If you really want to be inspired, more than any fairy tale or supernatural legend, check out the gallery of pictures taken by the world’s greatest cameras on the Hubble Telescope. Here’s the entire collection …
I was in Sri Lanka last week conducting a series of masterclasses in a leadership retreat for Marie Stopes International and their country leaders.
In one session I was asked the following excellent question: “If you could only ever teach just one thing about ‘thinking’ what would it be?”
Based on my experience, I’m quite clear on that question and my answer was one word, “Escape!”
When I first put forward the idea of designing a selection of ‘thinking caps’ to teach thinking the strategy was that in order to use, say, Cap #2 the thinker first had to remove (or escape from) Cap#1. This is one of the most difficult skills in thinking and is indeed what defines a skilled thinker: someone who can escape from their current point-of-view.
Escape! Escape! Escape!
Recently I was asked to teach a class at Brighton Grammar how to use the Thinking Hats (based on Edward de Bono’s six hat version) so I selected two hats–the black and the green hats–and drilled the students in the skill of removing the black hat first. Once you are able to remove the hat you are wearing (usually the black hat) then you are free to select any of the other hats. But, if you cannot escape from your current hat then you are not free to use a different one.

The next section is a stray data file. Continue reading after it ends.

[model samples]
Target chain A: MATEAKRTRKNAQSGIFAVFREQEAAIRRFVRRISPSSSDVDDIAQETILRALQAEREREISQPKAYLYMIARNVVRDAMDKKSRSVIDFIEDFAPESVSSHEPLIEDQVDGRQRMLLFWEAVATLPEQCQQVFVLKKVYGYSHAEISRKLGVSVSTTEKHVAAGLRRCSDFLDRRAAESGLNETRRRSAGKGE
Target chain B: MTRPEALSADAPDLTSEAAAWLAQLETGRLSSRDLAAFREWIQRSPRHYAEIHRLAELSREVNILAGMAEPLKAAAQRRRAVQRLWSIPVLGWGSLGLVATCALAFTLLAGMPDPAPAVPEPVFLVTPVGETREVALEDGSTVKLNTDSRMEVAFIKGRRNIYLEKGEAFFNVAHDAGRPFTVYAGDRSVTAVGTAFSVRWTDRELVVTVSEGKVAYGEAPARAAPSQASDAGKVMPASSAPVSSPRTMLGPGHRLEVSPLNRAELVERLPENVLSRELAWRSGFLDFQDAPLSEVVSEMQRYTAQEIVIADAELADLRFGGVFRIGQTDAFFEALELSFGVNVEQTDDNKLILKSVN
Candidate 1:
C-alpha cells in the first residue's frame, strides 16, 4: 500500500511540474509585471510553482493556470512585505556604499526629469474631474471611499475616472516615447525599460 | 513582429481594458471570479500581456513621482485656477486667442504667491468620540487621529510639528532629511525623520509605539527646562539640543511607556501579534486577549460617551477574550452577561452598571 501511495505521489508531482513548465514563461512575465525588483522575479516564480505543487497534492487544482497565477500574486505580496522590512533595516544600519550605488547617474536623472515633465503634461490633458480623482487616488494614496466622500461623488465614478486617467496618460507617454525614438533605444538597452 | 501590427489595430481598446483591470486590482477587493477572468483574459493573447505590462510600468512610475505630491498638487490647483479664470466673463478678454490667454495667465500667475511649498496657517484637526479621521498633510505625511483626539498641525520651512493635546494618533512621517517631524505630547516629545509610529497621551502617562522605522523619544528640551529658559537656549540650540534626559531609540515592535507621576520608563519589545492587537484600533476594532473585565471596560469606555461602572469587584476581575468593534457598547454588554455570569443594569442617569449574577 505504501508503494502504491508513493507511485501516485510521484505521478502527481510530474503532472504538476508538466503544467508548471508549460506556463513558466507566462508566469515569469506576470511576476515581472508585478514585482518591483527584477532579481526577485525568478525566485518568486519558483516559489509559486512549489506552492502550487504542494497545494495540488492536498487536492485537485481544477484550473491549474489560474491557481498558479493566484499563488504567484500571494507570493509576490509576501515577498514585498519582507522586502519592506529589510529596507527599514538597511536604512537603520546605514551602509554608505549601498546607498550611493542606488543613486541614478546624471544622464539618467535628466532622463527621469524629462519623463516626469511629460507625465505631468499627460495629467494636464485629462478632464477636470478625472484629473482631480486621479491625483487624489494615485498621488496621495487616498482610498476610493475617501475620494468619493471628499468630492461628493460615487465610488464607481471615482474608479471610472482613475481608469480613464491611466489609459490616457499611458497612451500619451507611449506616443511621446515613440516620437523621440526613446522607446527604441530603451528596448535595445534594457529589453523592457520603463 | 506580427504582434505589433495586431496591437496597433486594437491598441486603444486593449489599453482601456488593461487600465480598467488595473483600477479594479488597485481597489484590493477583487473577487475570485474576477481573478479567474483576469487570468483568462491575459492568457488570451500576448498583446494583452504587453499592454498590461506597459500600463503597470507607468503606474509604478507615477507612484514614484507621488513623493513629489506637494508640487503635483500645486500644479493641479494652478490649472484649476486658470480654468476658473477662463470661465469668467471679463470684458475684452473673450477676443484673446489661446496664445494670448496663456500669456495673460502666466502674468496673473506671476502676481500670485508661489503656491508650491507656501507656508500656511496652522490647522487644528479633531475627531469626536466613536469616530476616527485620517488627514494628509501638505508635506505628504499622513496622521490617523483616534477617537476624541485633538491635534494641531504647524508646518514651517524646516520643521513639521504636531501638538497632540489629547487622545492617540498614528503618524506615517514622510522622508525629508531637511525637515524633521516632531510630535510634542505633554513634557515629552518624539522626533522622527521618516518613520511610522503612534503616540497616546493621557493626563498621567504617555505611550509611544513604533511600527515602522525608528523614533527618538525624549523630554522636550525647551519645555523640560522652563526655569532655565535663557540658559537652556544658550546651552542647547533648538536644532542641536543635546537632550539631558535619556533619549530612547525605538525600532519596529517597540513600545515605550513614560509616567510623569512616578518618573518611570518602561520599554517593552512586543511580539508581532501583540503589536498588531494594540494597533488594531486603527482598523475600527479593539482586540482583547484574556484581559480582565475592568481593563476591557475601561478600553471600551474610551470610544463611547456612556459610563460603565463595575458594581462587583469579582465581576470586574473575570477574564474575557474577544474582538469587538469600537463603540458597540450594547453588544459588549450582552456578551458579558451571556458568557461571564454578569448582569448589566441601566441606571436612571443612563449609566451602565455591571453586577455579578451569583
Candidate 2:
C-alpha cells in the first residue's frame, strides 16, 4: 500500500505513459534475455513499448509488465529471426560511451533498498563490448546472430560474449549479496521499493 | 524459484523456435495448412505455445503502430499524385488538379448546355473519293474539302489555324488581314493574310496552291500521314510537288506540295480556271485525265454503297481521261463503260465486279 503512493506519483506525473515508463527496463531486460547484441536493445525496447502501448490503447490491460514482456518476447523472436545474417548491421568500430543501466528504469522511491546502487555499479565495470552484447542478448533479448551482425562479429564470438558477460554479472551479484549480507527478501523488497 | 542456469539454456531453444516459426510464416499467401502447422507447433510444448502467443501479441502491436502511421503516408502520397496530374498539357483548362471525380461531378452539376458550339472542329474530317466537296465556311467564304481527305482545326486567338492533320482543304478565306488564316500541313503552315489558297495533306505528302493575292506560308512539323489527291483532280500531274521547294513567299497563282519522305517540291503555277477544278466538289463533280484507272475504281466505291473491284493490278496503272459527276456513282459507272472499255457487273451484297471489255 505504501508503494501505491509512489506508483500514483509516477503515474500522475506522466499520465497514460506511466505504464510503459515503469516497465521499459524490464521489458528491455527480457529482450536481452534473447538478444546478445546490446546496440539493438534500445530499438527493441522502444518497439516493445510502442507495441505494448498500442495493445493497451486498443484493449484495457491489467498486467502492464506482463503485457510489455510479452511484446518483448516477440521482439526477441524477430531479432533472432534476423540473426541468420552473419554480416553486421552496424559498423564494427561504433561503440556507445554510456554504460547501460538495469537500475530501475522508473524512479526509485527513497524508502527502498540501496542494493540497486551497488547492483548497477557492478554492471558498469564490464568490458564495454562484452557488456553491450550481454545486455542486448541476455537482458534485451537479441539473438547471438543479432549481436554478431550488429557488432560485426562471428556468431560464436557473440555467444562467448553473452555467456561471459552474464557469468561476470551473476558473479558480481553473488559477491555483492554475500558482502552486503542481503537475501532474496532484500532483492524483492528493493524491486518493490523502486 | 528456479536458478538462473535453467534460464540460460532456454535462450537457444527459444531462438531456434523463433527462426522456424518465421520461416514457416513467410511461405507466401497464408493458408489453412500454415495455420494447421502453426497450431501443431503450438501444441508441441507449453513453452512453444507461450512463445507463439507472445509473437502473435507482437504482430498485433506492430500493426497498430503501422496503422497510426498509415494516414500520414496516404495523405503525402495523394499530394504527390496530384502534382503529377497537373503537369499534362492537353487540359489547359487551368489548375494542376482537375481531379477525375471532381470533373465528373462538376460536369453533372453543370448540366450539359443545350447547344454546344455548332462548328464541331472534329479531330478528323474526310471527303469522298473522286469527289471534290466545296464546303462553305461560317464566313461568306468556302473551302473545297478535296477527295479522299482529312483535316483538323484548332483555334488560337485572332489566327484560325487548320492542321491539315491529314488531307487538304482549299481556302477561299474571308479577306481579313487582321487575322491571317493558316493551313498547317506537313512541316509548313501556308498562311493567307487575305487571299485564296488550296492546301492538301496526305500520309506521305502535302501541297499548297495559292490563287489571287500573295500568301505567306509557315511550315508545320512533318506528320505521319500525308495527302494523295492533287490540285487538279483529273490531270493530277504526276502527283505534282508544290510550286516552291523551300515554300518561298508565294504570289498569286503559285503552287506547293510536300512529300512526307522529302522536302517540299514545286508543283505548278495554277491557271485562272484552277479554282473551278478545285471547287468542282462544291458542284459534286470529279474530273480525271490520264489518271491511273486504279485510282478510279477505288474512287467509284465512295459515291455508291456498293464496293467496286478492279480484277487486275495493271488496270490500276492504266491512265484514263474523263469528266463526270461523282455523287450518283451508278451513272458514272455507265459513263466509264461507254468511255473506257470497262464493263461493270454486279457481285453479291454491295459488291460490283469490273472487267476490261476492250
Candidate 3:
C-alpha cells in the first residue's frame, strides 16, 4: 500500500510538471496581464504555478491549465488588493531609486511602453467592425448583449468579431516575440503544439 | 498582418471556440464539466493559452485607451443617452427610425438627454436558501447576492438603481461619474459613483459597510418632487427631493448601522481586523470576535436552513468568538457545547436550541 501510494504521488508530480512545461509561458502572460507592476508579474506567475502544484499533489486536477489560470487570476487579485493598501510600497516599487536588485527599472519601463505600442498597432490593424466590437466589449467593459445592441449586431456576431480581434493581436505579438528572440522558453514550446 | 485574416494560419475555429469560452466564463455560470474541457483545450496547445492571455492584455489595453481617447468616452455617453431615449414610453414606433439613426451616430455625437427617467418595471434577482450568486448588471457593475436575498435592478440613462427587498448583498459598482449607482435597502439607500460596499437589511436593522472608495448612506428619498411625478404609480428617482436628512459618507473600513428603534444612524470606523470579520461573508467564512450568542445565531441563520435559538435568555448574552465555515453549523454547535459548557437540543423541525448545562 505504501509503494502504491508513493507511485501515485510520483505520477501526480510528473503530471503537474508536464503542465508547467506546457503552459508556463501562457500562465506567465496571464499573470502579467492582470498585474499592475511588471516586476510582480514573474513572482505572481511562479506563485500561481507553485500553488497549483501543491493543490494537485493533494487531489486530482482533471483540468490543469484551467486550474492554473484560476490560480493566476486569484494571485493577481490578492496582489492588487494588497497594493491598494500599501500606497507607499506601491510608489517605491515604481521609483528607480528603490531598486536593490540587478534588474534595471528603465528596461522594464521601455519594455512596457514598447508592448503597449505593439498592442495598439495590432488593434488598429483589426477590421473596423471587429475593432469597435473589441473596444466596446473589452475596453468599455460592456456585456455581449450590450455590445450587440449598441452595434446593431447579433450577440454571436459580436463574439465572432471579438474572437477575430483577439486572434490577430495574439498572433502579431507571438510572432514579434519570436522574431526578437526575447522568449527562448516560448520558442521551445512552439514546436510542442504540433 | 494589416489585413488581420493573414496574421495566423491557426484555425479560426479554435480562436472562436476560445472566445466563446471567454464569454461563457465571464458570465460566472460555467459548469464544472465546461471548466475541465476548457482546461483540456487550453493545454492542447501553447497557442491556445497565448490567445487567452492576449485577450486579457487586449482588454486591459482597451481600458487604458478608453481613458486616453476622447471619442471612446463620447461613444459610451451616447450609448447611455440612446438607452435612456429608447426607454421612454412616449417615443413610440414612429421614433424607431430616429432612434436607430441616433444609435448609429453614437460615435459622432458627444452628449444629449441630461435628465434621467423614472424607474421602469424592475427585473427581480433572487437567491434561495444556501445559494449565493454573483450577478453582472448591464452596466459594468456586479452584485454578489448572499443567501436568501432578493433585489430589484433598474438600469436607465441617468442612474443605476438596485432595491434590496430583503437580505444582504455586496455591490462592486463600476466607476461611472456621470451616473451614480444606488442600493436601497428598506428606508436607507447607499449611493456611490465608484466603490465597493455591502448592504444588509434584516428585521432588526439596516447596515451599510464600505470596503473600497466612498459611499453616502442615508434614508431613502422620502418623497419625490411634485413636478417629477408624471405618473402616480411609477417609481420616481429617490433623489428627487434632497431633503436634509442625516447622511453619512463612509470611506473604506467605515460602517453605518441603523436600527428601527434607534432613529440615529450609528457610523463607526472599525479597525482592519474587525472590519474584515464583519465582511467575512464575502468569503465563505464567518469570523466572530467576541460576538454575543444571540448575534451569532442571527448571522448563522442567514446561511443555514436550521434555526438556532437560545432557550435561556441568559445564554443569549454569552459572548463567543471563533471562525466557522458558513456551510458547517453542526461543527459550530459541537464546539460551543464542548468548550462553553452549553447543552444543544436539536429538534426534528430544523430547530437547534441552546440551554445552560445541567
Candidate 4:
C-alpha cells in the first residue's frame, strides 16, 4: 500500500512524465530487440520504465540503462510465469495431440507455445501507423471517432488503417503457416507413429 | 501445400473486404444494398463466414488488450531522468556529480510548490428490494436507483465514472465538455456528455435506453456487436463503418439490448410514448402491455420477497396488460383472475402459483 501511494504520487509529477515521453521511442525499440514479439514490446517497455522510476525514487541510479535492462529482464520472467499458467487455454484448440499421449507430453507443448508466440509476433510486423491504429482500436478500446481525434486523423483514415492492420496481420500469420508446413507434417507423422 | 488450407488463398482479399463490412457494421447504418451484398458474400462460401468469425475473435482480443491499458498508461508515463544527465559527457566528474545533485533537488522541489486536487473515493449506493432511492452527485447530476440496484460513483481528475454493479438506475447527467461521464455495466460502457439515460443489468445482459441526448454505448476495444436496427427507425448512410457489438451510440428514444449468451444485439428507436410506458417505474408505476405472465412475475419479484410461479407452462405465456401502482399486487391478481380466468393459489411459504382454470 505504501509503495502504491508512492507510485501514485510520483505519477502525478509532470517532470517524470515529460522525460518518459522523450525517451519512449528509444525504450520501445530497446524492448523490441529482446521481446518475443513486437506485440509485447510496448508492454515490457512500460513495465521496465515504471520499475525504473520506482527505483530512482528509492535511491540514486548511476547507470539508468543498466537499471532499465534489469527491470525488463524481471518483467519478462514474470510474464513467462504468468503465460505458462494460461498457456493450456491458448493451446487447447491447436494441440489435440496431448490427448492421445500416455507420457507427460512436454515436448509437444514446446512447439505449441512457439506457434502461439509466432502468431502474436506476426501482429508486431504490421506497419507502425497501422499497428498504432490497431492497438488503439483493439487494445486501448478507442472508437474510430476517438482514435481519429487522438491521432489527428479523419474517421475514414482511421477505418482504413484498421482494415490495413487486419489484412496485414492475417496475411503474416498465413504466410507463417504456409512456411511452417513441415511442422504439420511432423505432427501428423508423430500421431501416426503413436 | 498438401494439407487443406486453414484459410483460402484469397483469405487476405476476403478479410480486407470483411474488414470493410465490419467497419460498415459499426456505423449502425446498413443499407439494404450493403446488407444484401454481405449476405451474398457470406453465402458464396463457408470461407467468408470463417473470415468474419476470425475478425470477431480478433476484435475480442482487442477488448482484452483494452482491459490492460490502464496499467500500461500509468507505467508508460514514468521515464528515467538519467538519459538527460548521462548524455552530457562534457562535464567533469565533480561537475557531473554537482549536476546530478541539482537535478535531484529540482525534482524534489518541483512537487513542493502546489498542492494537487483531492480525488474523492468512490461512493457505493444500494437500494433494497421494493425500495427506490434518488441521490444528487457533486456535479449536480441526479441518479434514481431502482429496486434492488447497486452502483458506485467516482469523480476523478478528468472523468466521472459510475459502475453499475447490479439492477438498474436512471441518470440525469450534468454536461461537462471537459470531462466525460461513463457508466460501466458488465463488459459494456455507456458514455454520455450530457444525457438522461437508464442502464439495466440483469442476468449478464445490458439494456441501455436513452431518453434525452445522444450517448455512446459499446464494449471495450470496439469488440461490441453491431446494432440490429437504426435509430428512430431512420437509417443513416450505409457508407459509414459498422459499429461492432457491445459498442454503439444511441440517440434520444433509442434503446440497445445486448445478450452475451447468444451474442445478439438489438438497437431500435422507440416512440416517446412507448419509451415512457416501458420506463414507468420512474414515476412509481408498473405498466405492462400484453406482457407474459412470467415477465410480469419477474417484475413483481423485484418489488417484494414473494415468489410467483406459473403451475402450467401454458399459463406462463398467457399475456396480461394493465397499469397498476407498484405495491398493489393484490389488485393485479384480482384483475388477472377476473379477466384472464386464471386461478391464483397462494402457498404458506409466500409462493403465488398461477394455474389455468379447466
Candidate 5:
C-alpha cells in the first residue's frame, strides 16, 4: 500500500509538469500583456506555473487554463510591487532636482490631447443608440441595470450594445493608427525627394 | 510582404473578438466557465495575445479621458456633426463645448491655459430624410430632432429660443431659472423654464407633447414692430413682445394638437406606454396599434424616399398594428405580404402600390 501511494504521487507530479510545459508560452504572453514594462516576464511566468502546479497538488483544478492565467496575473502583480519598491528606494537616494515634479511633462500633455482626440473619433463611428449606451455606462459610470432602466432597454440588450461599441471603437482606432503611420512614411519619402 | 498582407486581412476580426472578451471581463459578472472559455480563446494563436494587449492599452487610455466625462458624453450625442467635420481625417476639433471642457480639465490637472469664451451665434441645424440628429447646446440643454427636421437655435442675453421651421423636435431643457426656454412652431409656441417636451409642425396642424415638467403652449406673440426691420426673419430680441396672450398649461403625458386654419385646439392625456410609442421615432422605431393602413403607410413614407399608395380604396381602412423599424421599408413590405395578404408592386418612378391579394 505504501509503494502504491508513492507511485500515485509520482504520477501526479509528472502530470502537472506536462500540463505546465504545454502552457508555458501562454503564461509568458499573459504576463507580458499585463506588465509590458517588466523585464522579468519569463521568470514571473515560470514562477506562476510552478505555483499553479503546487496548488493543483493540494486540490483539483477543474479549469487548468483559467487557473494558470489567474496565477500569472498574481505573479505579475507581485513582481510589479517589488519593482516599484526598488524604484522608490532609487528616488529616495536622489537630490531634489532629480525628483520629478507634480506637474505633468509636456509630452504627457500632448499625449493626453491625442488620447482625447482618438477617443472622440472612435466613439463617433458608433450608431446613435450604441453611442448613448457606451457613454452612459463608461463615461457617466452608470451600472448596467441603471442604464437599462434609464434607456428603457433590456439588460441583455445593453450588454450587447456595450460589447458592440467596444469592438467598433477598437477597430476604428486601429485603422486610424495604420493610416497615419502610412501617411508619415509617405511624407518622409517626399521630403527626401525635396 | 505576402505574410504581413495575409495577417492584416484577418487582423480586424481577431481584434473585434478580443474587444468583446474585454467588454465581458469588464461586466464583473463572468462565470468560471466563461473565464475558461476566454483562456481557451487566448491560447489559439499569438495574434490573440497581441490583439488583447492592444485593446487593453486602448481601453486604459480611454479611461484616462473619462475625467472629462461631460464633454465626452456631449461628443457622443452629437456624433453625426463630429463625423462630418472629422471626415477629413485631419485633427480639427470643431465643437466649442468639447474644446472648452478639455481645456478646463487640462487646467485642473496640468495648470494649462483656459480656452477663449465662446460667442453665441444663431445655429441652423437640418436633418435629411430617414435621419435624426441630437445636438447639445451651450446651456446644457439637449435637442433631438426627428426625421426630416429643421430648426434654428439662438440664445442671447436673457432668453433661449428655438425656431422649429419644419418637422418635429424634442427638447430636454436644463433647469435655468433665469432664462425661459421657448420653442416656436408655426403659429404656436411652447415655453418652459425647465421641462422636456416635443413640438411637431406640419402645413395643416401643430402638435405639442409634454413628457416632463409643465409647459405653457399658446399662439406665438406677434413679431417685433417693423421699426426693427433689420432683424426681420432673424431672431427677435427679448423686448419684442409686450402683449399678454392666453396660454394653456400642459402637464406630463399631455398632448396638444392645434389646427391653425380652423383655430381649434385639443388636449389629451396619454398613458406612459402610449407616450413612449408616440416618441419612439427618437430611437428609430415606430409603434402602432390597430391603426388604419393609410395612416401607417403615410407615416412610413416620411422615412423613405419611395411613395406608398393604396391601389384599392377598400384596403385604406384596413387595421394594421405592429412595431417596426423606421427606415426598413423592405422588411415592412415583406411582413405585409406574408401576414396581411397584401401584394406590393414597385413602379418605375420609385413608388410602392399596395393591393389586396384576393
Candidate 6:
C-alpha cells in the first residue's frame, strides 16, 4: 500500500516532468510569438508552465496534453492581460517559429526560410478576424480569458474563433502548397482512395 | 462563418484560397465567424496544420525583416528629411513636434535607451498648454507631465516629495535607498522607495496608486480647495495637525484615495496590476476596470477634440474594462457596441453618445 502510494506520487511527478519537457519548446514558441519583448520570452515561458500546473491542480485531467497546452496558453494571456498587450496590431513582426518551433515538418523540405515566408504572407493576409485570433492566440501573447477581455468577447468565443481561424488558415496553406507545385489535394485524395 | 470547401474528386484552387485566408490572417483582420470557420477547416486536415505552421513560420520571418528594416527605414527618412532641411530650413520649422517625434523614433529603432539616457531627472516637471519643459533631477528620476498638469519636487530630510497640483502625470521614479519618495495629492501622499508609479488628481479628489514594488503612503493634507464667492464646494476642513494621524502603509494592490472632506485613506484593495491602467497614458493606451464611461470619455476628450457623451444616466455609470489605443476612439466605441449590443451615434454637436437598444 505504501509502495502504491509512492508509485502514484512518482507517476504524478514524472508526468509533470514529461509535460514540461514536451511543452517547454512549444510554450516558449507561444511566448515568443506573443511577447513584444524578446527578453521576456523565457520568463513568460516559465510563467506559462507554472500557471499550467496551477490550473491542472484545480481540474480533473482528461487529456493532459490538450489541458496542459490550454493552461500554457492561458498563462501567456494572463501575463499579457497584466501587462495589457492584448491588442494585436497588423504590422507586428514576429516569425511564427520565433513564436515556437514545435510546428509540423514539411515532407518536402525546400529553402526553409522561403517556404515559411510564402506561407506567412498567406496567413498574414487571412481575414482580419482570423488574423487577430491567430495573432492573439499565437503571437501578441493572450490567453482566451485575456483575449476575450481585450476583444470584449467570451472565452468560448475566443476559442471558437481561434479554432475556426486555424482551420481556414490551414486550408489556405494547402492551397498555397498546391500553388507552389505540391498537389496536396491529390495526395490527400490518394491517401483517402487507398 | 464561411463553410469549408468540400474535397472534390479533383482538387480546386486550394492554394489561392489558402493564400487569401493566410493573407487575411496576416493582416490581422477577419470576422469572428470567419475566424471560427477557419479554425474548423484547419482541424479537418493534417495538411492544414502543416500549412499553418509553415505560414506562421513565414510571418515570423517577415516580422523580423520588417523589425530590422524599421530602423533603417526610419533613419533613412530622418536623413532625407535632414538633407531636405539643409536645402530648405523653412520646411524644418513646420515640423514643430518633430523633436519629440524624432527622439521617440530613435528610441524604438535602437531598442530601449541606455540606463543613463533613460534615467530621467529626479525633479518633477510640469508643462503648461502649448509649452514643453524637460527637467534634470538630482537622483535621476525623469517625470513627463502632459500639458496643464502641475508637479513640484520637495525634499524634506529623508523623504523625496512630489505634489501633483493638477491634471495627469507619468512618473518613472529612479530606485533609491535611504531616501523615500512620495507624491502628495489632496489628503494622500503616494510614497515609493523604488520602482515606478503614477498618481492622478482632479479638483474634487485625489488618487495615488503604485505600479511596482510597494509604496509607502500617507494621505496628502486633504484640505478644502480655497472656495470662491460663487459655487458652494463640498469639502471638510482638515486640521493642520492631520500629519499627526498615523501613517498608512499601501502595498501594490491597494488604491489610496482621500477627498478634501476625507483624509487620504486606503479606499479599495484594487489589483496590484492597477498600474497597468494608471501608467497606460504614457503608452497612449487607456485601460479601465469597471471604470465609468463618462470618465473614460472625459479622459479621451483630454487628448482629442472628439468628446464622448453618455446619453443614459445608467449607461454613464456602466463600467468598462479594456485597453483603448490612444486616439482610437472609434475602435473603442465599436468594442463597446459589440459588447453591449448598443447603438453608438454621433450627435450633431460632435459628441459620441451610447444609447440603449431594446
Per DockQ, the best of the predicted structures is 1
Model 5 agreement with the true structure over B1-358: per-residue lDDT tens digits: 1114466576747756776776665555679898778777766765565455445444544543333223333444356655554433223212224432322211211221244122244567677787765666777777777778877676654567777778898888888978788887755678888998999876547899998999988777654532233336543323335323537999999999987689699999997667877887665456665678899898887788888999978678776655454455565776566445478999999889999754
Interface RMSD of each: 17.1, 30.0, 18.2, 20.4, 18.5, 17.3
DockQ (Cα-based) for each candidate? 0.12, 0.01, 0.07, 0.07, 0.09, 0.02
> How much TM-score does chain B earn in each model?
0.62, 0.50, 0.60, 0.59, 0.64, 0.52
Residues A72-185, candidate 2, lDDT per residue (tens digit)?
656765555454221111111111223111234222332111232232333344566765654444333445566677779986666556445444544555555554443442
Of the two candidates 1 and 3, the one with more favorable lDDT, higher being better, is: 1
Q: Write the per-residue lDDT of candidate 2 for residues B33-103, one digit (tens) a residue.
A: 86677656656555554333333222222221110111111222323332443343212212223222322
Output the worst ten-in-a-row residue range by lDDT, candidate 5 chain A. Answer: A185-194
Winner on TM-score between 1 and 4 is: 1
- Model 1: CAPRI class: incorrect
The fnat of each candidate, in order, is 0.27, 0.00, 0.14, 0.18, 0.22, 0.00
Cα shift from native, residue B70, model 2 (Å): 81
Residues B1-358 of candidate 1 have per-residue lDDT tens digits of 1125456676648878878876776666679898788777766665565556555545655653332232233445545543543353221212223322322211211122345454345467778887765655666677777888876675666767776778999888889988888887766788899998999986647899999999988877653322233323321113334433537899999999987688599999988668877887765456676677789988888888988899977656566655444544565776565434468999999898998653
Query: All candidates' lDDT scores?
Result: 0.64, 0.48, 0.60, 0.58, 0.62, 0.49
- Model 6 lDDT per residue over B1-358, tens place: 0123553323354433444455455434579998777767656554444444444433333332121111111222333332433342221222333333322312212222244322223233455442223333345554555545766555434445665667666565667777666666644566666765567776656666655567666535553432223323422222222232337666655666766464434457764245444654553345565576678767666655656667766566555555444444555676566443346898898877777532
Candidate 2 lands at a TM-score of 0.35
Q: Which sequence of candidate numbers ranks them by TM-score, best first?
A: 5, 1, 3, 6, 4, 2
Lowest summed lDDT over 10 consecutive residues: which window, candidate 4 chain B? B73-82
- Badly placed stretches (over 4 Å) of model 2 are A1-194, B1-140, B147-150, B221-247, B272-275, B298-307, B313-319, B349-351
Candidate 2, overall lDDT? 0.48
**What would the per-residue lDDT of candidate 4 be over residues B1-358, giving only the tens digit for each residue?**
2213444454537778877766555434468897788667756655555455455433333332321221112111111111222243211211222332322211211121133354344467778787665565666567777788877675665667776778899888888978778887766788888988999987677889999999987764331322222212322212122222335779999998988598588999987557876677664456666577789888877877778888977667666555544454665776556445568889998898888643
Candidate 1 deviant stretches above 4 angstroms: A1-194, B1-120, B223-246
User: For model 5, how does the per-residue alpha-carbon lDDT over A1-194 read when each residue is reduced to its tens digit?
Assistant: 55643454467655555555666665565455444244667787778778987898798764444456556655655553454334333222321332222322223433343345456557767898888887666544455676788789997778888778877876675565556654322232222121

The same strategy applies to the Universal Brain Software–CVS to BVS. If you cannot escape from your CVS then you cannot move to a BVS.
Yes, thinking skill is all about ESCAPE.
A young Hornet pilot from No. 3 Squadron flew his high-powered machine over the F1 racetrack at Melbourne’s Grand Prix. It knocked the socks off everyone! The Grand Prix shows off the most powerful car engines in the world–themselves more like fighter jets than cars–but the Hornet F/A-18’s awesome display simply puts everything into perspective.
It was a supreme display of what advanced military training can achieve with the cream of its crop. It was like, “Bring on the Jedi knight!” The RAAF pilot did the same manoeuvres they do all the time but much closer to the ground which makes it much trickier. When a Hornet does a wing turn at 500 feet the ground shoots past very quickly.